This news came down last week, but street artist Shepard Fairey is teaming up with two movie studios to produce a new film adaptation of 1984. Normally, I’d complain about Hollywood dipping back into the same well time and again. But I’m actually fairly excited for this. We still need mass art that grapples with what it means to torture people and to be tortured in the wake of the Bush administration’s distortion of our language and morals and our still-incomplete efforts to eradicate the sins of torture root and branch from our national psyche.
Now, I understand that 1984 isn’t completely or only about the power of torture. It’s about how propaganda shapes thought, how language changes over time, how difficult it is to break away from consensus, how cultural artifacts survive through oral tradition. If Fairey’s involved, this could be an opportunity for some incredibly sweet movie graphic design, and successful proof that you can conjure an uncomfortably foreign world without spending an enormous amount of money.
But what’s always stuck with me most about the book is Room 101, the cruel genius of a regime that figures out what its enemies fear most and forces them to confront it. Winston Smith, the cage, the rats—this, like waterboarding, is the stuff of nightmares even if you’ve never experienced it, the kind of thing you would give anything not to experience. The Hunger Games deals with torture, too. In Mockingjay, the third book in the series which will now inevitably be adapted into a movie, Katniss Everdeen, who becomes a political symbol of a rebel movement, has to deal with the consequences after the Capitol takes her partner in the arena, Peeta Mellark, captive and tortures and brainwashes him. While we don’t see these tortures directly, we do learn about them as Katniss learns about them, and feel her pain as she absorbs the full emotional impact of what could have been done to her.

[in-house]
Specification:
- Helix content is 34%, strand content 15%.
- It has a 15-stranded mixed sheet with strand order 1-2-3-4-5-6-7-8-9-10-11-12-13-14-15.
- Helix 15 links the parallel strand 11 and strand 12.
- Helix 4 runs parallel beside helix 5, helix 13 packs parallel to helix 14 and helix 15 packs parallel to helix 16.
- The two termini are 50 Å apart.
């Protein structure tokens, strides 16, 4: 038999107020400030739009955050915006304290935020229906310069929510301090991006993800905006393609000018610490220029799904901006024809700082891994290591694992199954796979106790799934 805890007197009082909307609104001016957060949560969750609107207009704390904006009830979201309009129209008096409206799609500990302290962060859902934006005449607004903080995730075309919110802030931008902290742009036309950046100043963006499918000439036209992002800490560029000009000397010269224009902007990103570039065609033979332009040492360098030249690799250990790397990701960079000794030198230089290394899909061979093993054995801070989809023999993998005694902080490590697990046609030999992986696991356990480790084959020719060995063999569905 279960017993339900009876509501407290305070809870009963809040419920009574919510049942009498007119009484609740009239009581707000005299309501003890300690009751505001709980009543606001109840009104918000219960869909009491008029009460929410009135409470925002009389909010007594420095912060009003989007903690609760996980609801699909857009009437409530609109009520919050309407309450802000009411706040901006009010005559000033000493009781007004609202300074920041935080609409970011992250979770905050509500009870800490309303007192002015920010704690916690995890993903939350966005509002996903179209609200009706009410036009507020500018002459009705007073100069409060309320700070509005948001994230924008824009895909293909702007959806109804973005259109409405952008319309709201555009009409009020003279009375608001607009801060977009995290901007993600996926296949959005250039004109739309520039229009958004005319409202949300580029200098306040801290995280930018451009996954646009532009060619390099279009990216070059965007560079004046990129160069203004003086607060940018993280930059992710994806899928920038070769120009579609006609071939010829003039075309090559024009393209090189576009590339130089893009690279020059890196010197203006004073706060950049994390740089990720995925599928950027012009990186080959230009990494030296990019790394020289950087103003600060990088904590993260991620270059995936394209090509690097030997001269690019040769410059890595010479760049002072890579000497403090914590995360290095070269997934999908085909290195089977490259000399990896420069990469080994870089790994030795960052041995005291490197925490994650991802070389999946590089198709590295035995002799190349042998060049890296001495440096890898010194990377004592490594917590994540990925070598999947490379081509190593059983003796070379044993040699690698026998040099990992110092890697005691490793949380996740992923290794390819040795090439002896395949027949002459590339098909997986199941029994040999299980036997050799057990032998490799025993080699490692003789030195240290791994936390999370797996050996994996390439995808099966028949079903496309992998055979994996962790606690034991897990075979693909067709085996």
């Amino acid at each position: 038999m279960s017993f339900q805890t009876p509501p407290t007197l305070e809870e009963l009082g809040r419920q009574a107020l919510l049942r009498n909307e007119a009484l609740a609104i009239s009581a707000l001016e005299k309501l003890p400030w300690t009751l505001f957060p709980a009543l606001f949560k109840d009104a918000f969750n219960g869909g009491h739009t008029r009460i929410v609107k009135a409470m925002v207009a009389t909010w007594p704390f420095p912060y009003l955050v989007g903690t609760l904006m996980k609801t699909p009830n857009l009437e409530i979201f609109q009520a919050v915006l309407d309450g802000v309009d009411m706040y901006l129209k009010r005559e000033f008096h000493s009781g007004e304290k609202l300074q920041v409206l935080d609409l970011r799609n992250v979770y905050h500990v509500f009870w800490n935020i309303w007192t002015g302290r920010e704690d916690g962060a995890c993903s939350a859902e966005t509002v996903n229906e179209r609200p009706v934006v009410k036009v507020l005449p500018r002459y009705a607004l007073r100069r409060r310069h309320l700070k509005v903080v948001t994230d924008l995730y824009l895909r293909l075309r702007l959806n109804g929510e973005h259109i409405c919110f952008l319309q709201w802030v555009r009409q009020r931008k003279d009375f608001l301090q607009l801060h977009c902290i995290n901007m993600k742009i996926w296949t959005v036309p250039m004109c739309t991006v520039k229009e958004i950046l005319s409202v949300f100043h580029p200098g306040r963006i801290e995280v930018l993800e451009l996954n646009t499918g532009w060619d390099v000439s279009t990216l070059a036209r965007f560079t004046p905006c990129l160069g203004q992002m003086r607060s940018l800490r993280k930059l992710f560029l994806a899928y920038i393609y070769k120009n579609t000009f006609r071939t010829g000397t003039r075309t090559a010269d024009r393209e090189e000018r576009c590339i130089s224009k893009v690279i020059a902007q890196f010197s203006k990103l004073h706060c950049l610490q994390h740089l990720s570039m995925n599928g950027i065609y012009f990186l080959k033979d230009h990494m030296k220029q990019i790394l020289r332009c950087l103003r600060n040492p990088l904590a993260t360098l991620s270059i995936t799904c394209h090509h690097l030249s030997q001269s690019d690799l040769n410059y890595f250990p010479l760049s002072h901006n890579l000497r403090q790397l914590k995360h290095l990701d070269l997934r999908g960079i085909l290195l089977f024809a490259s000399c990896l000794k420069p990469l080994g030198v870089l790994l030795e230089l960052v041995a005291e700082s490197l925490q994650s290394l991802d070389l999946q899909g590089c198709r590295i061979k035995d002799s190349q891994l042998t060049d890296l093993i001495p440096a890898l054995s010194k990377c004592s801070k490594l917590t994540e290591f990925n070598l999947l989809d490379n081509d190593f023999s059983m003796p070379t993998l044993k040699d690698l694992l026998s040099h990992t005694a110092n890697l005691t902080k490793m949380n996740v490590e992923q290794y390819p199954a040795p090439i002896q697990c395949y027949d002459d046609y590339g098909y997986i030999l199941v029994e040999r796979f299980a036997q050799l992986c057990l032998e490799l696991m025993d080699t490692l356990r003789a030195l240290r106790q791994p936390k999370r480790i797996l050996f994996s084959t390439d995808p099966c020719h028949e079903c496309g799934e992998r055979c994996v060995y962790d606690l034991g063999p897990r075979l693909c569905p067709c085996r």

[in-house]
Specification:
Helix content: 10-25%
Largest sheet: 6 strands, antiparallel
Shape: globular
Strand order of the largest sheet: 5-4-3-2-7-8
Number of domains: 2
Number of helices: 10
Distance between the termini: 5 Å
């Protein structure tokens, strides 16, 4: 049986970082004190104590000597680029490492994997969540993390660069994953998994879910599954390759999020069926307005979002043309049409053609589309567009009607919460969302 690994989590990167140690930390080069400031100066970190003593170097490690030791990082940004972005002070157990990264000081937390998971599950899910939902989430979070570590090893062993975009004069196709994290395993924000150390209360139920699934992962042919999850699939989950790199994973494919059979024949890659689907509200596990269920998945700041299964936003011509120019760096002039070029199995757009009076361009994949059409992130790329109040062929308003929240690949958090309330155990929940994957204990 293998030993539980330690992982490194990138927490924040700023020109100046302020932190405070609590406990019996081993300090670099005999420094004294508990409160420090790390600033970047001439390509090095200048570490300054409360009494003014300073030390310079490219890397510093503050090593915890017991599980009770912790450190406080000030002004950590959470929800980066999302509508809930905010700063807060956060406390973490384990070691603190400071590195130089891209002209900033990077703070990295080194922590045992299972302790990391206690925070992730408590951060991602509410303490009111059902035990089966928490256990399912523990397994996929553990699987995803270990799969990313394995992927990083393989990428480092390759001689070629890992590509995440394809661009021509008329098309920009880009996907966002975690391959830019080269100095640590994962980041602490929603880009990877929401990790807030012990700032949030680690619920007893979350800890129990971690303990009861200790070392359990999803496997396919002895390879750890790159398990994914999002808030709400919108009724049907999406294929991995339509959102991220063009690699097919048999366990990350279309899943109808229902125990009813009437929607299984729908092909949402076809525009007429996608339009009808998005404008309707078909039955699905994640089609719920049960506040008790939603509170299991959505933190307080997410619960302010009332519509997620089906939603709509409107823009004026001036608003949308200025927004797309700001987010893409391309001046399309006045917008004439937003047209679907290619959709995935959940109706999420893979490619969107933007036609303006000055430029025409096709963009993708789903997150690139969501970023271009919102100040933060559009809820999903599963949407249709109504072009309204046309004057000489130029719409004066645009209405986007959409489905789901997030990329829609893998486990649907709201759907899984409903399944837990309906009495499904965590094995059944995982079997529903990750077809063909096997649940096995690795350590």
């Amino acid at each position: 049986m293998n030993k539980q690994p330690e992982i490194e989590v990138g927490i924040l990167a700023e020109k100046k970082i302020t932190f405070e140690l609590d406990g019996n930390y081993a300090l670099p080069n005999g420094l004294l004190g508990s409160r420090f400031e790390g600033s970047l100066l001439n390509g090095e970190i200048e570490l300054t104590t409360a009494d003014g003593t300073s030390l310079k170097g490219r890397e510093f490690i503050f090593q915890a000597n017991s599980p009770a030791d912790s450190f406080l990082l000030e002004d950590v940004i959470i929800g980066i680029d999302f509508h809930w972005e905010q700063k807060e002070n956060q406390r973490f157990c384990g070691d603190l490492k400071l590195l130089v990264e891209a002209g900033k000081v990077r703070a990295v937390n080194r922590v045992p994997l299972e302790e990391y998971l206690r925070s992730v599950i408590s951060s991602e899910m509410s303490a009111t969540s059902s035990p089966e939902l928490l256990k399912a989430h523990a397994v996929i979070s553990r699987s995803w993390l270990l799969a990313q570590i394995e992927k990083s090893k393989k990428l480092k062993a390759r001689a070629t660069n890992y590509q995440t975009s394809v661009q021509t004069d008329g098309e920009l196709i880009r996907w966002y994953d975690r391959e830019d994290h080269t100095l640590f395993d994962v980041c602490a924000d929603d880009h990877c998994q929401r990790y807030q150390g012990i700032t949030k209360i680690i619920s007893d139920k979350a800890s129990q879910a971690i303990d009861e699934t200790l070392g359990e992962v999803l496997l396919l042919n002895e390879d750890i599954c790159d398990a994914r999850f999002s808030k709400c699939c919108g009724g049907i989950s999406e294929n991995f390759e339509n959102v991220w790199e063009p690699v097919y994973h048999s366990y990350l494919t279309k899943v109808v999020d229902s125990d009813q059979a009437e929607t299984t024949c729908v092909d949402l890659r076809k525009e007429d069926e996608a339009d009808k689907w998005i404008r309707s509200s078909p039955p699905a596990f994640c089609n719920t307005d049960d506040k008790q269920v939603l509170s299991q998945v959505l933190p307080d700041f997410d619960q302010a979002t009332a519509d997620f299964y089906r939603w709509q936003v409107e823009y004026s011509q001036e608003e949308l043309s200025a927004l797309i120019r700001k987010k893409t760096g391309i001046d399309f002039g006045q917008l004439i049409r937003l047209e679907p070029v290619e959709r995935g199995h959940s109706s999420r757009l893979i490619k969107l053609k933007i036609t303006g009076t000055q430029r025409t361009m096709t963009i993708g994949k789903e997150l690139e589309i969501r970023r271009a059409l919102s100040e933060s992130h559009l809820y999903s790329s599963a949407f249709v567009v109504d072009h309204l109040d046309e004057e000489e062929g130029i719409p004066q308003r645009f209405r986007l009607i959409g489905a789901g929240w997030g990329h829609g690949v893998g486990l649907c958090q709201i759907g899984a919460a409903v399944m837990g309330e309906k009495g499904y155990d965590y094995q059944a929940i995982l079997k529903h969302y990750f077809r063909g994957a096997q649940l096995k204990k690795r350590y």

It’s a good thing we’ll get two big-screen adaptations that take on the full and persistent impact of torture. We need to feel a visceral disgust for the tactics our government employed on our behalf, rather than to see them as proof of some sort of ludicrous manly resolve. But it’s one thing to see torture as repellant, and another to accept that our government did it, and we need to accept responsibility for that and move forcefully to make sure it never happens again. That’s a harder thing to accomplish in a narrative, particularly one displaced from our own place and time. It would require a character we’ve come to know and love to commit torture, and for him or her to make amends in a sustained way. Homeland‘s Carrie Mathison may not exactly be up to the task, especially now that she doesn’t have access to the CIA’s resources. But I wonder if she’s paved the way for a character who could take us on that journey, on television where it could happen over more time and with greater depth and clarity than in a two-hour movie.